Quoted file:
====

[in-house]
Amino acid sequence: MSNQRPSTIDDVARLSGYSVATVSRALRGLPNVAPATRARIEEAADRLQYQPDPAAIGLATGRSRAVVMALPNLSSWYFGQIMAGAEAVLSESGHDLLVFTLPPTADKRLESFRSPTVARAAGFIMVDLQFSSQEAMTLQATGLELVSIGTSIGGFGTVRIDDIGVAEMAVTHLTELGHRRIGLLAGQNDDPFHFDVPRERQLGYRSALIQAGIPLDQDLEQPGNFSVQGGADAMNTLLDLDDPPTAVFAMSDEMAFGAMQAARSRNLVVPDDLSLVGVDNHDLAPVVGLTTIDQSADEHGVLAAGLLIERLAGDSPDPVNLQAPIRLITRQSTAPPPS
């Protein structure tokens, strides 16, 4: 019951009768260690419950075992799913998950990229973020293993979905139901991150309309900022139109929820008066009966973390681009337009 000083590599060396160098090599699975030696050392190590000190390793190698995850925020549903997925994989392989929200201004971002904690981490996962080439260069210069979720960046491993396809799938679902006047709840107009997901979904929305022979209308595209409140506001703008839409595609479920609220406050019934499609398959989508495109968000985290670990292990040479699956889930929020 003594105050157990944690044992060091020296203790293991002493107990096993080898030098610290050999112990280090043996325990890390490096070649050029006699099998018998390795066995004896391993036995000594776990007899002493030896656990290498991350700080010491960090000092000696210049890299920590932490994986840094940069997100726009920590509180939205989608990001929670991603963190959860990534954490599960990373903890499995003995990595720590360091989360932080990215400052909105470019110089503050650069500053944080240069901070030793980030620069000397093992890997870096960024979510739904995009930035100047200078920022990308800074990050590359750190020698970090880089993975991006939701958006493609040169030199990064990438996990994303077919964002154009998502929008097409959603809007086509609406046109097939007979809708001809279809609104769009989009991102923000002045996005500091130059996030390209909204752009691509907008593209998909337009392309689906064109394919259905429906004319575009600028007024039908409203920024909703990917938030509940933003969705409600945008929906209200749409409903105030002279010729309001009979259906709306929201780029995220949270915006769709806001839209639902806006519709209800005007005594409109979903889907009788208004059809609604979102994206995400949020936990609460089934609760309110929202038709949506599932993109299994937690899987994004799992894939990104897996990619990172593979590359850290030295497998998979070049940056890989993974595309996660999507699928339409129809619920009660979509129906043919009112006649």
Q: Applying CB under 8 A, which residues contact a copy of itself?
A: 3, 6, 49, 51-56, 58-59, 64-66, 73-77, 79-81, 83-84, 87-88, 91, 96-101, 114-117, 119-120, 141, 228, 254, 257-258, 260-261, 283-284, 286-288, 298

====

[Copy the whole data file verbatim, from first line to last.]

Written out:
[in-house]
Amino acid sequence: MSNQRPSTIDDVARLSGYSVATVSRALRGLPNVAPATRARIEEAADRLQYQPDPAAIGLATGRSRAVVMALPNLSSWYFGQIMAGAEAVLSESGHDLLVFTLPPTADKRLESFRSPTVARAAGFIMVDLQFSSQEAMTLQATGLELVSIGTSIGGFGTVRIDDIGVAEMAVTHLTELGHRRIGLLAGQNDDPFHFDVPRERQLGYRSALIQAGIPLDQDLEQPGNFSVQGGADAMNTLLDLDDPPTAVFAMSDEMAFGAMQAARSRNLVVPDDLSLVGVDNHDLAPVVGLTTIDQSADEHGVLAAGLLIERLAGDSPDPVNLQAPIRLITRQSTAPPPS
């Protein structure tokens, strides 16, 4: 019951009768260690419950075992799913998950990229973020293993979905139901991150309309900022139109929820008066009966973390681009337009 000083590599060396160098090599699975030696050392190590000190390793190698995850925020549903997925994989392989929200201004971002904690981490996962080439260069210069979720960046491993396809799938679902006047709840107009997901979904929305022979209308595209409140506001703008839409595609479920609220406050019934499609398959989508495109968000985290670990292990040479699956889930929020 003594105050157990944690044992060091020296203790293991002493107990096993080898030098610290050999112990280090043996325990890390490096070649050029006699099998018998390795066995004896391993036995000594776990007899002493030896656990290498991350700080010491960090000092000696210049890299920590932490994986840094940069997100726009920590509180939205989608990001929670991603963190959860990534954490599960990373903890499995003995990595720590360091989360932080990215400052909105470019110089503050650069500053944080240069901070030793980030620069000397093992890997870096960024979510739904995009930035100047200078920022990308800074990050590359750190020698970090880089993975991006939701958006493609040169030199990064990438996990994303077919964002154009998502929008097409959603809007086509609406046109097939007979809708001809279809609104769009989009991102923000002045996005500091130059996030390209909204752009691509907008593209998909337009392309689906064109394919259905429906004319575009600028007024039908409203920024909703990917938030509940933003969705409600945008929906209200749409409903105030002279010729309001009979259906709306929201780029995220949270915006769709806001839209639902806006519709209800005007005594409109979903889907009788208004059809609604979102994206995400949020936990609460089934609760309110929202038709949506599932993109299994937690899987994004799992894939990104897996990619990172593979590359850290030295497998998979070049940056890989993974595309996660999507699928339409129809619920009660979509129906043919009112006649």
Q: Applying CB under 8 A, which residues contact a copy of itself?
A: 3, 6, 49, 51-56, 58-59, 64-66, 73-77, 79-81, 83-84, 87-88, 91, 96-101, 114-117, 119-120, 141, 228, 254, 257-258, 260-261, 283-284, 286-288, 298